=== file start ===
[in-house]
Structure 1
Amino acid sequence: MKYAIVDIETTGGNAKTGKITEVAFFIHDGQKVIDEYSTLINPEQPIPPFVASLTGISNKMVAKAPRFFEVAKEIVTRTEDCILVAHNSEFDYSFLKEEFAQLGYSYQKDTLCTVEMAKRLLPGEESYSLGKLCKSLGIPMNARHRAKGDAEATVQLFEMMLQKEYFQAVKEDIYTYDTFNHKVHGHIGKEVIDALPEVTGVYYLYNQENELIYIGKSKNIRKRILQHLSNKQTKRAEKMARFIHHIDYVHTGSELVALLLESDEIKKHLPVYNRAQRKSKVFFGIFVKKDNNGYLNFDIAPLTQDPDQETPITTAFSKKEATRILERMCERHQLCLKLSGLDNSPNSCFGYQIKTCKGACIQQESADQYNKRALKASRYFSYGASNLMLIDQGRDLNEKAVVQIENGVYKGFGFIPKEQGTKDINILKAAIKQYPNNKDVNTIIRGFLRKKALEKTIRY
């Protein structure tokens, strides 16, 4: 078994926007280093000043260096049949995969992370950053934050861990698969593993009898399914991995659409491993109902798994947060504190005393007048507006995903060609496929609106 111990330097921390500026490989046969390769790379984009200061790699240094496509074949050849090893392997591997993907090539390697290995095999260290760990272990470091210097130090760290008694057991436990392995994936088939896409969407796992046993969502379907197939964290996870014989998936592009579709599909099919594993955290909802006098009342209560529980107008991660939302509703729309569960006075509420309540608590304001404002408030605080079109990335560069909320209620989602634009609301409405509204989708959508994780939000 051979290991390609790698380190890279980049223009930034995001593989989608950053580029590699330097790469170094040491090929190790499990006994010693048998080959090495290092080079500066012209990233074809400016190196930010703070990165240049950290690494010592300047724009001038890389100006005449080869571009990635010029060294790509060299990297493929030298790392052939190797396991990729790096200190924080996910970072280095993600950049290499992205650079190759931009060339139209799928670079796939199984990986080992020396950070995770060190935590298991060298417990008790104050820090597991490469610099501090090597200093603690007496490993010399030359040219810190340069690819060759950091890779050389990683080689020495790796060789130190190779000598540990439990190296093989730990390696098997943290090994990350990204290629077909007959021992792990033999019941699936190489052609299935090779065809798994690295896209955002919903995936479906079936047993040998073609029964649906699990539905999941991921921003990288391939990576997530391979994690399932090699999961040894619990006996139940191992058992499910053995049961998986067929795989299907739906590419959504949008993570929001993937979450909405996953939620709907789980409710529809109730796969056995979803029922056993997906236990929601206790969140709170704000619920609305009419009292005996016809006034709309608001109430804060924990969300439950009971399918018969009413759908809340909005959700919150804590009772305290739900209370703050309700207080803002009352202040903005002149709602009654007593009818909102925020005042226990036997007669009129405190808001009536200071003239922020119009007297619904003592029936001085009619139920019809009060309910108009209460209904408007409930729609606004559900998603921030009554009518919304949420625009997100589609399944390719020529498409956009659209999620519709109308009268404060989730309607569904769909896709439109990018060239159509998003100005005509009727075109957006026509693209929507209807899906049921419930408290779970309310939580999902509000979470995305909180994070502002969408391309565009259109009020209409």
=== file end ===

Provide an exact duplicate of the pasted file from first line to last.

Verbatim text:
[in-house]
Structure 1
Amino acid sequence: MKYAIVDIETTGGNAKTGKITEVAFFIHDGQKVIDEYSTLINPEQPIPPFVASLTGISNKMVAKAPRFFEVAKEIVTRTEDCILVAHNSEFDYSFLKEEFAQLGYSYQKDTLCTVEMAKRLLPGEESYSLGKLCKSLGIPMNARHRAKGDAEATVQLFEMMLQKEYFQAVKEDIYTYDTFNHKVHGHIGKEVIDALPEVTGVYYLYNQENELIYIGKSKNIRKRILQHLSNKQTKRAEKMARFIHHIDYVHTGSELVALLLESDEIKKHLPVYNRAQRKSKVFFGIFVKKDNNGYLNFDIAPLTQDPDQETPITTAFSKKEATRILERMCERHQLCLKLSGLDNSPNSCFGYQIKTCKGACIQQESADQYNKRALKASRYFSYGASNLMLIDQGRDLNEKAVVQIENGVYKGFGFIPKEQGTKDINILKAAIKQYPNNKDVNTIIRGFLRKKALEKTIRY
């Protein structure tokens, strides 16, 4: 078994926007280093000043260096049949995969992370950053934050861990698969593993009898399914991995659409491993109902798994947060504190005393007048507006995903060609496929609106 111990330097921390500026490989046969390769790379984009200061790699240094496509074949050849090893392997591997993907090539390697290995095999260290760990272990470091210097130090760290008694057991436990392995994936088939896409969407796992046993969502379907197939964290996870014989998936592009579709599909099919594993955290909802006098009342209560529980107008991660939302509703729309569960006075509420309540608590304001404002408030605080079109990335560069909320209620989602634009609301409405509204989708959508994780939000 051979290991390609790698380190890279980049223009930034995001593989989608950053580029590699330097790469170094040491090929190790499990006994010693048998080959090495290092080079500066012209990233074809400016190196930010703070990165240049950290690494010592300047724009001038890389100006005449080869571009990635010029060294790509060299990297493929030298790392052939190797396991990729790096200190924080996910970072280095993600950049290499992205650079190759931009060339139209799928670079796939199984990986080992020396950070995770060190935590298991060298417990008790104050820090597991490469610099501090090597200093603690007496490993010399030359040219810190340069690819060759950091890779050389990683080689020495790796060789130190190779000598540990439990190296093989730990390696098997943290090994990350990204290629077909007959021992792990033999019941699936190489052609299935090779065809798994690295896209955002919903995936479906079936047993040998073609029964649906699990539905999941991921921003990288391939990576997530391979994690399932090699999961040894619990006996139940191992058992499910053995049961998986067929795989299907739906590419959504949008993570929001993937979450909405996953939620709907789980409710529809109730796969056995979803029922056993997906236990929601206790969140709170704000619920609305009419009292005996016809006034709309608001109430804060924990969300439950009971399918018969009413759908809340909005959700919150804590009772305290739900209370703050309700207080803002009352202040903005002149709602009654007593009818909102925020005042226990036997007669009129405190808001009536200071003239922020119009007297619904003592029936001085009619139920019809009060309910108009209460209904408007409930729609606004559900998603921030009554009518919304949420625009997100589609399944390719020529498409956009659209999620519709109308009268404060989730309607569904769909896709439109990018060239159509998003100005005509009727075109957006026509693209929507209807899906049921419930408290779970309310939580999902509000979470995305909180994070502002969408391309565009259109009020209409």